1. Wait as long as possible. Definitely until they are 13.
  2. Use screentime apps to limit time on social media.
  3. Discuss filters, privacy, mental health and body image with your children.
  4. Make sure you follow their accounts and that they follow you. Yep, it's a little cringy, but the information has to flow both ways.
can instagram harm teens

I've been critical of Facebook and Instagram and kids for YEARS (check out this post from 2017 as I decry the launch of Messenger Kids). We can do better, and now it's up to all of us to fix this mess. 

What My Daughters Wants

Well, mostly to not be micromanaged. But when they are in communicative moods, I hear some good stuff from them. This morning my daughter thought the following would be helpful.

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  • Hide likes
  • Have a disclaimer on filtered photos that the photos have been retouched. (I thought this was genius).
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News From Instagram

On September 27th, I got an email from the Instagram press team: 

"Hope you’re well! I’m reaching out to share some news about teen safety on Instagram:

  • Today, we posted a blog post by Adam Mosseri, the Head of Instagram. He shared that we’re pausing our work on ‘Instagram for Kids.’ We’ll continue to work with parents, experts, policymakers and regulators, to listen to their concerns, and to demonstrate the value and importance of this project for younger teens online today.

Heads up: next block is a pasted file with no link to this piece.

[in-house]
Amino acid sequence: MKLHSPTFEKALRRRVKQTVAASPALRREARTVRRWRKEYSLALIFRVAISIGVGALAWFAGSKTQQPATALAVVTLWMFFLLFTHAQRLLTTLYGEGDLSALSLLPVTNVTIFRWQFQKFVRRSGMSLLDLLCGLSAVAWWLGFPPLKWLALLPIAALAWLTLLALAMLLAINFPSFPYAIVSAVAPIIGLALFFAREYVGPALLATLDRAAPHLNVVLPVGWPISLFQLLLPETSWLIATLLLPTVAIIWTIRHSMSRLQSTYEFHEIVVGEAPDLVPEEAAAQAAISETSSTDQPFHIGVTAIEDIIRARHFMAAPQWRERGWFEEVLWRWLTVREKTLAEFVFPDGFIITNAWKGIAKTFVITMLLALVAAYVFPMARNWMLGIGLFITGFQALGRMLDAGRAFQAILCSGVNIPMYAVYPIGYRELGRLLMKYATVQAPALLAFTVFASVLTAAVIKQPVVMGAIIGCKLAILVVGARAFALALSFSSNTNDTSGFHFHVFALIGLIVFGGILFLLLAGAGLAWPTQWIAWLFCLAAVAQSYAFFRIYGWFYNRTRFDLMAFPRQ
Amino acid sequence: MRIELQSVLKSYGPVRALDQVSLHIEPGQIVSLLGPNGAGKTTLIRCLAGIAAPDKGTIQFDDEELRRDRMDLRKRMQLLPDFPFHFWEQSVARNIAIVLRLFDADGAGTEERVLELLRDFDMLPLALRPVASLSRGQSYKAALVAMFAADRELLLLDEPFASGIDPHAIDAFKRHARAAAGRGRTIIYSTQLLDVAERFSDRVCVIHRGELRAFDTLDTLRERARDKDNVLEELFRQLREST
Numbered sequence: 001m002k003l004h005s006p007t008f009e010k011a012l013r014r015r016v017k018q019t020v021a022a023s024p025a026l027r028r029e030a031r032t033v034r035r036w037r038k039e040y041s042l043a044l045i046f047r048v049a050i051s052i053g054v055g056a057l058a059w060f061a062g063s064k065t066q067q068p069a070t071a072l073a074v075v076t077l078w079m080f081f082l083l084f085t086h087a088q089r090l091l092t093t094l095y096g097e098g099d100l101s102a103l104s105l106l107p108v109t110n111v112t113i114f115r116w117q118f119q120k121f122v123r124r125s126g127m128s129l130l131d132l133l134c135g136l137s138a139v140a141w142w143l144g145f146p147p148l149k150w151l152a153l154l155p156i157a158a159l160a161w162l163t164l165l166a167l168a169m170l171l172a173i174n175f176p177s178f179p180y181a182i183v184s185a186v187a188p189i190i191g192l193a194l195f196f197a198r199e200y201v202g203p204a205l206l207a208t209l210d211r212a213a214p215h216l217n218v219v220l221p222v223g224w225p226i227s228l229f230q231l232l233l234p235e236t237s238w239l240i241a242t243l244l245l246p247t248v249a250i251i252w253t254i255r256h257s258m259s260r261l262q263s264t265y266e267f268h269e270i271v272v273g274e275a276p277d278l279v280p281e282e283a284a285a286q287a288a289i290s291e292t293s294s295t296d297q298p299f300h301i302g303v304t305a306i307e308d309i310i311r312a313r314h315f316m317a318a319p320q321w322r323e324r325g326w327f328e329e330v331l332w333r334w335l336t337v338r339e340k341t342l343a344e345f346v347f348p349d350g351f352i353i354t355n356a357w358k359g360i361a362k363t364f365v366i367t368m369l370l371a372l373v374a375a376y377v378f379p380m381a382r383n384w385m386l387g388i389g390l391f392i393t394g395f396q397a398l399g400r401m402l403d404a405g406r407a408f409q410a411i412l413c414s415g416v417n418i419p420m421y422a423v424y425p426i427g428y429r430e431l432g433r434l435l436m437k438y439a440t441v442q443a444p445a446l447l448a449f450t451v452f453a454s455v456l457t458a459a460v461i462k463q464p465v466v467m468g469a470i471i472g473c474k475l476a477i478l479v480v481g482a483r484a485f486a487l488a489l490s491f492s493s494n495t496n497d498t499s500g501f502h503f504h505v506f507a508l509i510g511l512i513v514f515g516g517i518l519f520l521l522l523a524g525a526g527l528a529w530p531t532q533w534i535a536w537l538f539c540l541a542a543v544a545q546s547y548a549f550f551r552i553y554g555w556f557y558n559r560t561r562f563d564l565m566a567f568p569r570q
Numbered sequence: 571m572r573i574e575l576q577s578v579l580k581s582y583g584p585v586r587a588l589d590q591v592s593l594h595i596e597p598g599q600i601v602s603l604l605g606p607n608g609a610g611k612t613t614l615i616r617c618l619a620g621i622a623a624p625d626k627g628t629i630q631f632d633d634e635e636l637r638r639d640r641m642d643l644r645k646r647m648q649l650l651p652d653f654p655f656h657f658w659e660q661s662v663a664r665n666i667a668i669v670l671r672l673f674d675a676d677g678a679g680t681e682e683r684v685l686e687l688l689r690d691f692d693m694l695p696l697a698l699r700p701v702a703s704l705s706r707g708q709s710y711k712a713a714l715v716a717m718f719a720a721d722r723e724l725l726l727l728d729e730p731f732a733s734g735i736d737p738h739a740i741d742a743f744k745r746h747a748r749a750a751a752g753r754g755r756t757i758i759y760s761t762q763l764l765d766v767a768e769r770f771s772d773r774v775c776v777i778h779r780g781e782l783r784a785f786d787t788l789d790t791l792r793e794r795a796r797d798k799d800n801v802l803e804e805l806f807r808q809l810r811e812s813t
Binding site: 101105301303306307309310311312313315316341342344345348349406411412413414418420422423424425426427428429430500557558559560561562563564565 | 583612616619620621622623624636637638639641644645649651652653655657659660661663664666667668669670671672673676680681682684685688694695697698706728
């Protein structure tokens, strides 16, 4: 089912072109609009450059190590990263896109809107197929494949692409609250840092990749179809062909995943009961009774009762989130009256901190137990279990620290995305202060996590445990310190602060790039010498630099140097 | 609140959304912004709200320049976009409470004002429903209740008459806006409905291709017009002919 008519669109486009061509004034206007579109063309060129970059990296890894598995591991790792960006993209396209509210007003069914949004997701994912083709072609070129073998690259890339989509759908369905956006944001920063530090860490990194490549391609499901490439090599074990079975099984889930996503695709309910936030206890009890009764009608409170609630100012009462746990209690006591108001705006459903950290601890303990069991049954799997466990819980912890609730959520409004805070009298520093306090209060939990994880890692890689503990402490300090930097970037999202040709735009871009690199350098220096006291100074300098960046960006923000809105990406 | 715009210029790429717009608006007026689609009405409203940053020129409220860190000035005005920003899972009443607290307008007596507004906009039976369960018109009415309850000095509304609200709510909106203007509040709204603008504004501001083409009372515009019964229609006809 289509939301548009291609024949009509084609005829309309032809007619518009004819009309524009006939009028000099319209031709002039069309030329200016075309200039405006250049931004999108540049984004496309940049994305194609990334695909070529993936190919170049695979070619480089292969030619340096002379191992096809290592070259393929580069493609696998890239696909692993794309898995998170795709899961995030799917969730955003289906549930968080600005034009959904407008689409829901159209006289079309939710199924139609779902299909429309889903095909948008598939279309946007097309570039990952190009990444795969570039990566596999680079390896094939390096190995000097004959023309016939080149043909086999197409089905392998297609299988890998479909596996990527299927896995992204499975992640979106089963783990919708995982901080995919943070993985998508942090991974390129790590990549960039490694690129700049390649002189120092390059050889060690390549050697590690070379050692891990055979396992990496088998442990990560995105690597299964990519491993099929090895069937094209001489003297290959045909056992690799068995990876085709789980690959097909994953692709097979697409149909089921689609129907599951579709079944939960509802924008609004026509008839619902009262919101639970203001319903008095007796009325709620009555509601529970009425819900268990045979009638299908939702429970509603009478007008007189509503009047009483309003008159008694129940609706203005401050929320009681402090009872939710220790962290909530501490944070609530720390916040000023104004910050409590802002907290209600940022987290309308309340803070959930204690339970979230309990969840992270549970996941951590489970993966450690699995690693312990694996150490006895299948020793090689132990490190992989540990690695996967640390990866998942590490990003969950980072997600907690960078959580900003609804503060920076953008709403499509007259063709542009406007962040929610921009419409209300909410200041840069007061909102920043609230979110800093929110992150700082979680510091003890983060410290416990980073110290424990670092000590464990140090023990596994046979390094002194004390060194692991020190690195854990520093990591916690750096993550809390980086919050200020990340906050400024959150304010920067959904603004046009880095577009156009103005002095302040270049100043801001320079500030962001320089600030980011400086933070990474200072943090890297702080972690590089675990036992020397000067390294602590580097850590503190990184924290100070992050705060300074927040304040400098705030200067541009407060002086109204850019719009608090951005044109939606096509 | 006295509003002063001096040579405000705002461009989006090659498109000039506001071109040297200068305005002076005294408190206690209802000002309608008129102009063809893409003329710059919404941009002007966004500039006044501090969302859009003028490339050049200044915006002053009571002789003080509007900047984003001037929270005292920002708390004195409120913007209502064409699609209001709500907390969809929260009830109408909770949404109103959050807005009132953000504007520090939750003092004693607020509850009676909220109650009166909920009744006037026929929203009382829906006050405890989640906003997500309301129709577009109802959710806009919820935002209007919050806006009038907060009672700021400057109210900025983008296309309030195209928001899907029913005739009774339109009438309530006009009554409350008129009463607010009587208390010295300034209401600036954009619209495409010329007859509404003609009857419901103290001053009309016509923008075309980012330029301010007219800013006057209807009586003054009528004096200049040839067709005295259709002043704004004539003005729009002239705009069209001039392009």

• We’ll continue our work to expand parental supervision to teen accounts (aged 13 and over) on Instagram. These new features, which parents and teens can opt into, will give parents tools to meaningfully shape their teen's experience. We’ll have more to share in the coming months.

There have been a lot of questions about how parents can support their teens as they navigate social media, and figure out what makes their time online meaningful. Over the past few years, we’ve built a number of tools to support teens who might be dealing with bullying or want more control over their safety and privacy. If helpful, I’ve included a list of those features below, as well as links to where parents can find out more."

What Facebook Suggests